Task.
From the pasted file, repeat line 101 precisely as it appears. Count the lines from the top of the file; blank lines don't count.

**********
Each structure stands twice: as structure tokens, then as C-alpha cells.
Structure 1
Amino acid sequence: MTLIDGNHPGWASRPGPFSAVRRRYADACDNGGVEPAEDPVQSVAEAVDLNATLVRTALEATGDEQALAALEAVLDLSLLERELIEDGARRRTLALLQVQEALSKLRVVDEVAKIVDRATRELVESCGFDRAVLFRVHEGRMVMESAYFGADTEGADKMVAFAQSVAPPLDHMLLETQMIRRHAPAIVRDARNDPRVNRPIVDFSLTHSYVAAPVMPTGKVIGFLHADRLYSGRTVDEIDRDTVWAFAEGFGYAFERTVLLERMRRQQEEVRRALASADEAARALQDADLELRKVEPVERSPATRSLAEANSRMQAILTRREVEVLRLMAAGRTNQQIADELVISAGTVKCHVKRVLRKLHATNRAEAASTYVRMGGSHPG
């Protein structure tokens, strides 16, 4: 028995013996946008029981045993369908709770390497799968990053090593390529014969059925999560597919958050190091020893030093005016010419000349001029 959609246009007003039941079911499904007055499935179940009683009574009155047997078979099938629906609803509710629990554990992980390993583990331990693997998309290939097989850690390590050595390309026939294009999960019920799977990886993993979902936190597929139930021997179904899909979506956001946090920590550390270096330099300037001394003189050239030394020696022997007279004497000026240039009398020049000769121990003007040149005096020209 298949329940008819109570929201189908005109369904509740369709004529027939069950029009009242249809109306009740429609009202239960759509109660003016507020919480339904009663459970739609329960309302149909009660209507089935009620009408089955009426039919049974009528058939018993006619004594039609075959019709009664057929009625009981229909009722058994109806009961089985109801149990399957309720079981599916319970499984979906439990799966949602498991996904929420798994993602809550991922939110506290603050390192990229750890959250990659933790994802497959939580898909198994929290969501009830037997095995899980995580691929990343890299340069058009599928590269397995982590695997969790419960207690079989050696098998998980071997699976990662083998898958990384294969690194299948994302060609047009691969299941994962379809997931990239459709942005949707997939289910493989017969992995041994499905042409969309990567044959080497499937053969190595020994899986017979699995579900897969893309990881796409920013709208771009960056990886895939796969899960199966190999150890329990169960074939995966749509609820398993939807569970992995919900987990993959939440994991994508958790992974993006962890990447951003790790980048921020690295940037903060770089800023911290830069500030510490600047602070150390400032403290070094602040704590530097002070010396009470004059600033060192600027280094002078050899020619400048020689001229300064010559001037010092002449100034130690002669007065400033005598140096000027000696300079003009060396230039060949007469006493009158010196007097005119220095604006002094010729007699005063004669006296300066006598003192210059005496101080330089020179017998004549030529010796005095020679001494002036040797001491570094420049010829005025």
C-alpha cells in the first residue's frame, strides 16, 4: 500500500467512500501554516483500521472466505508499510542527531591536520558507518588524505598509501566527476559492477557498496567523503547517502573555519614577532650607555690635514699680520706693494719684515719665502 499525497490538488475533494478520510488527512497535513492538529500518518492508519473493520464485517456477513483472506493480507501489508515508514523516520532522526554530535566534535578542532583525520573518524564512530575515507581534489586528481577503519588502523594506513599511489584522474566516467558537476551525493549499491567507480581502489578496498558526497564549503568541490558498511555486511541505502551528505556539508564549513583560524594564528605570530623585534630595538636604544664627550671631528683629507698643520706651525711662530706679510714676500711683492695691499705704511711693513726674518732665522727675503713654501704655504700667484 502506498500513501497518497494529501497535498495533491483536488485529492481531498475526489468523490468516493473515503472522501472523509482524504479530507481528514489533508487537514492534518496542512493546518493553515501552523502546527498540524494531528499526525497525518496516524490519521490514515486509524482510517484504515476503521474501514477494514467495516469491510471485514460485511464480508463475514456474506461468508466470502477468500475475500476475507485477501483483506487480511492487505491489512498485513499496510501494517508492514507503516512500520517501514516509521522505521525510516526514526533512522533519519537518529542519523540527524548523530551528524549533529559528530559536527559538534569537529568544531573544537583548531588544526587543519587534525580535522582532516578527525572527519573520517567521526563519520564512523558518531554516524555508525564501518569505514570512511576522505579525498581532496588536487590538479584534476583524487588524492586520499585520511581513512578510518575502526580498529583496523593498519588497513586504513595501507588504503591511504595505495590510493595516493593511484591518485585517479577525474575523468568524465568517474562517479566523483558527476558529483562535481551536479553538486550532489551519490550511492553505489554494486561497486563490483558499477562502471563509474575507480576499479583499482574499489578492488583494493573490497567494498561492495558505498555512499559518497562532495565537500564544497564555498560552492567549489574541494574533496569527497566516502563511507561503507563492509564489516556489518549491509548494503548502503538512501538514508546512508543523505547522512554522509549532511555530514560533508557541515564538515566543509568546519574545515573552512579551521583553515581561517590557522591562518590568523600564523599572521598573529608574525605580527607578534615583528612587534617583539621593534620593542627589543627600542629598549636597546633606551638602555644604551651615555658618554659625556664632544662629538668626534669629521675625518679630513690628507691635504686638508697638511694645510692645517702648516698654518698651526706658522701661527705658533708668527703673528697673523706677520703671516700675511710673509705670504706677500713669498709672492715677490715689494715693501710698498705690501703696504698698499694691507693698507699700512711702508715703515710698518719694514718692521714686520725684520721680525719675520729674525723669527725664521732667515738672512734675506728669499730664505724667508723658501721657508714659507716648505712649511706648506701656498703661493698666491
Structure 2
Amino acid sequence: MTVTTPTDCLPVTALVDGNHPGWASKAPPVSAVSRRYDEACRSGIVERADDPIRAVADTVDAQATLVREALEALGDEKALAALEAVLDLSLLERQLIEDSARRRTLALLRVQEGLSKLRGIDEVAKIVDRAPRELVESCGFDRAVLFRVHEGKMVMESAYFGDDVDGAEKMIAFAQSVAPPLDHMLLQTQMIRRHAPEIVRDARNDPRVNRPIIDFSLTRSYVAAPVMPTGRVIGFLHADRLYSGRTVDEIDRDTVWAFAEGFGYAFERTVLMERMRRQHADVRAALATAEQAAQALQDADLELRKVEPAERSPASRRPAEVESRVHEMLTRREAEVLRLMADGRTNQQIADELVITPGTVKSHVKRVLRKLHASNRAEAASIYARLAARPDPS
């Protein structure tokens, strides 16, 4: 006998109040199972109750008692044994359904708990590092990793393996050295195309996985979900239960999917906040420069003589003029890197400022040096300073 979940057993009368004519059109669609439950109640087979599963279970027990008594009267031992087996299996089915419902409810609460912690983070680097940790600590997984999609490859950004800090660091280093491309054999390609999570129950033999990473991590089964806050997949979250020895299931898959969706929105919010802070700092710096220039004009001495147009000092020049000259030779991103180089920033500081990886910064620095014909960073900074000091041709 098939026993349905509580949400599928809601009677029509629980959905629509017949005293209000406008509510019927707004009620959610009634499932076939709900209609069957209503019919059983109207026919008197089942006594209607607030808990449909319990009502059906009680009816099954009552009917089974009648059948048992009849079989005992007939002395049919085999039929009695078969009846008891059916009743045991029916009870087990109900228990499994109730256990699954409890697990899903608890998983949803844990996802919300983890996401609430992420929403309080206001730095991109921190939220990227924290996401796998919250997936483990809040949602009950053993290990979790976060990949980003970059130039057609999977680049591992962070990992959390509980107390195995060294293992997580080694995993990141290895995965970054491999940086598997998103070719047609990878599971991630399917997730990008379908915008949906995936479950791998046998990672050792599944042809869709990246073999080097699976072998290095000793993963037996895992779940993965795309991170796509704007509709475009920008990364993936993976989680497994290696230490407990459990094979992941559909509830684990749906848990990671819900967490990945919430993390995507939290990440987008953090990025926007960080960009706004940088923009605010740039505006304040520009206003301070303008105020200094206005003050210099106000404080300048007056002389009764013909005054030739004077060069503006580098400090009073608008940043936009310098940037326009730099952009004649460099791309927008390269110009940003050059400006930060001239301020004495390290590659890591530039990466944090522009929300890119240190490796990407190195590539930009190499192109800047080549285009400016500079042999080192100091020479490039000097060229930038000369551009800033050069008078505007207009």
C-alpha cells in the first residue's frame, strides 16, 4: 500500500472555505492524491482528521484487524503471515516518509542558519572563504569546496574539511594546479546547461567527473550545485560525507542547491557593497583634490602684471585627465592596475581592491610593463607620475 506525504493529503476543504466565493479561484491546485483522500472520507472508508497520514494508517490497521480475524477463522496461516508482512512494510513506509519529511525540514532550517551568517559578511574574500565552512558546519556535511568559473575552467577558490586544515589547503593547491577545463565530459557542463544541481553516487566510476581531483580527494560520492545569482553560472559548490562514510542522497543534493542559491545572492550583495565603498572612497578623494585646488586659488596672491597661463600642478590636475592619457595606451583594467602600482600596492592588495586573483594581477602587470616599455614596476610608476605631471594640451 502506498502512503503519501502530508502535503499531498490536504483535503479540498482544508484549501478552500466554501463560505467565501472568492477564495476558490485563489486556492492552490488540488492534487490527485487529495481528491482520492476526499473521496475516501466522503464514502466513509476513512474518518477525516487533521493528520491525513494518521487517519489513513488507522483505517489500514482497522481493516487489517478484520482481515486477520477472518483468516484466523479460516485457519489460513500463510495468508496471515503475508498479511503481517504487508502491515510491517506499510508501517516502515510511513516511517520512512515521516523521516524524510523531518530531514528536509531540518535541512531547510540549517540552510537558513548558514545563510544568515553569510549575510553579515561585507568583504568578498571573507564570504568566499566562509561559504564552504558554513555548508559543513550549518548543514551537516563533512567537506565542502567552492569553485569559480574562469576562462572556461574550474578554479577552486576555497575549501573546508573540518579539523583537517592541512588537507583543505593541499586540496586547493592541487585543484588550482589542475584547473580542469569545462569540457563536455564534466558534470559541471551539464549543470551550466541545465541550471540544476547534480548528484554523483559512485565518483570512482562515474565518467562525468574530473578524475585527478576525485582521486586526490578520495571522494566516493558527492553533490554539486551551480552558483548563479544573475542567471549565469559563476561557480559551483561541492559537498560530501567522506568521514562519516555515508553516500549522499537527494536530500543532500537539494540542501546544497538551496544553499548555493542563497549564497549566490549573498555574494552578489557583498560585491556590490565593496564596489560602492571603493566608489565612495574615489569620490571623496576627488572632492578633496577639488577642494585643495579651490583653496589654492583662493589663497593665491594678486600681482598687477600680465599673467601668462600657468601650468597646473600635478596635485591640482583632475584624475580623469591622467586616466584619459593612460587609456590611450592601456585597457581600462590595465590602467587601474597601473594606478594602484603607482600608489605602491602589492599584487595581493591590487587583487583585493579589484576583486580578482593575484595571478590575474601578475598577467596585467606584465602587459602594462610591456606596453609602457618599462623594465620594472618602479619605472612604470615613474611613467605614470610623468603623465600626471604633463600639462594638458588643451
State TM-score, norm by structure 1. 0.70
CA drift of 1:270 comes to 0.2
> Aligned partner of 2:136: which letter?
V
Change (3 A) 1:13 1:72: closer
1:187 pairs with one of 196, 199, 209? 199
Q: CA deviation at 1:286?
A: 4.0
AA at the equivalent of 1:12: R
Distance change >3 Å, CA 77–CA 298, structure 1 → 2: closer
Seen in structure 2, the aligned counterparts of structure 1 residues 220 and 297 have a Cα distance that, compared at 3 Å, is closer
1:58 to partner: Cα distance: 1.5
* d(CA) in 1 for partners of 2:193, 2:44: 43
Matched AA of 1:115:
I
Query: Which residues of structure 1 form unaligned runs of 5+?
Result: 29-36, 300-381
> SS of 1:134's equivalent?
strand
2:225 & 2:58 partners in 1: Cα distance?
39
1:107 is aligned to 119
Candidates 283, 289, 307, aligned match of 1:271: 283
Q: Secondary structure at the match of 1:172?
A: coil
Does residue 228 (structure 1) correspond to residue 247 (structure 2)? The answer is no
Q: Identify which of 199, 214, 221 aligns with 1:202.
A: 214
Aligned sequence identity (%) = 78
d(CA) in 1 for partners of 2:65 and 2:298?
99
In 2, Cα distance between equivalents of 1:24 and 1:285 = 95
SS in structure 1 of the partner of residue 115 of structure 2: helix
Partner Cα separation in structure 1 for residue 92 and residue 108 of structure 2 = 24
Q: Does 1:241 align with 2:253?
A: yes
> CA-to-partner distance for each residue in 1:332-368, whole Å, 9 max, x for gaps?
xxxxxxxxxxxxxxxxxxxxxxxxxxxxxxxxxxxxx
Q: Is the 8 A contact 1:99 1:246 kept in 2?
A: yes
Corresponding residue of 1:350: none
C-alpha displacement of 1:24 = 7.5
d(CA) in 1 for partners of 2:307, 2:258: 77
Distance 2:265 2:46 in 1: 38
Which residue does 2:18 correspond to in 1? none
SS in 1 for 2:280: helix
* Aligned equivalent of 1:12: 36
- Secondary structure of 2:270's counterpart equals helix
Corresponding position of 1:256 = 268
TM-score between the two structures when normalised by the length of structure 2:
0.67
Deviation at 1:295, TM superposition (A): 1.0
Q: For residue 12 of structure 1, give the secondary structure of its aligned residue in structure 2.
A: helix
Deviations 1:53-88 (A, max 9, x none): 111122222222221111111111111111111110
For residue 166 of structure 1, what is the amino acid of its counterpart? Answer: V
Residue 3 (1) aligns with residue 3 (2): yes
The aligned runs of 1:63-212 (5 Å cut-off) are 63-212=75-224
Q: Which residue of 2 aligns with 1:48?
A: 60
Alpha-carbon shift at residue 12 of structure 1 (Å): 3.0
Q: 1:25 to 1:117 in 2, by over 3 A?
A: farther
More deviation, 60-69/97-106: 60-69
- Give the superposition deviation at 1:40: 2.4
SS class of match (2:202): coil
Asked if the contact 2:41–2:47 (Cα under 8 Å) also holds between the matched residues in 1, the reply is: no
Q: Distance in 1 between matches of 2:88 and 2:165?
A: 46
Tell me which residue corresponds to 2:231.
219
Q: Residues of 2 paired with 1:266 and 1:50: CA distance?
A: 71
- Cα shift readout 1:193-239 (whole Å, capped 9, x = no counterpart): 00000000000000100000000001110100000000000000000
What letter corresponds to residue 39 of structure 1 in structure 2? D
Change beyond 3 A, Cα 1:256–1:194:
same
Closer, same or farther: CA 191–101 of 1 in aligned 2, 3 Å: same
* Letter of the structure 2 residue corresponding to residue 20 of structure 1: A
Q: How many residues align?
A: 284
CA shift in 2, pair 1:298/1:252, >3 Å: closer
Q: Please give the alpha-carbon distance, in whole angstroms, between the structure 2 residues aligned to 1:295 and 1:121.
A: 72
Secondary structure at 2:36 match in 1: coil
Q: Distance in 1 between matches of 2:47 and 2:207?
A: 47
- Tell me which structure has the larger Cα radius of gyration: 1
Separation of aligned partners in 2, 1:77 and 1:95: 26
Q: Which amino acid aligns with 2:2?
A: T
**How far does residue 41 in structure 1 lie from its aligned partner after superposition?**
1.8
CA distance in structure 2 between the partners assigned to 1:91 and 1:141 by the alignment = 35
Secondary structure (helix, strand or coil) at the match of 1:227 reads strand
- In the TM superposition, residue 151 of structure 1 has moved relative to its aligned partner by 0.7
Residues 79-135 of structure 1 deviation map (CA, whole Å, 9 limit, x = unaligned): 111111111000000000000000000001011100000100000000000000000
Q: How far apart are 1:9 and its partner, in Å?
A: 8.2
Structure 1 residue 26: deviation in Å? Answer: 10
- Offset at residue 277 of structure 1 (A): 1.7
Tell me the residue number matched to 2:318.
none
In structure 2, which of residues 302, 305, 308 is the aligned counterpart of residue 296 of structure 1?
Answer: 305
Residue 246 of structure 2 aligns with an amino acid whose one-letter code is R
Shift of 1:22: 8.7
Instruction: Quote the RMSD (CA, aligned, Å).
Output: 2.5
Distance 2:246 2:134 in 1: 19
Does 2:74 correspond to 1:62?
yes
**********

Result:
**How far does residue 41 in structure 1 lie from its aligned partner after superposition?**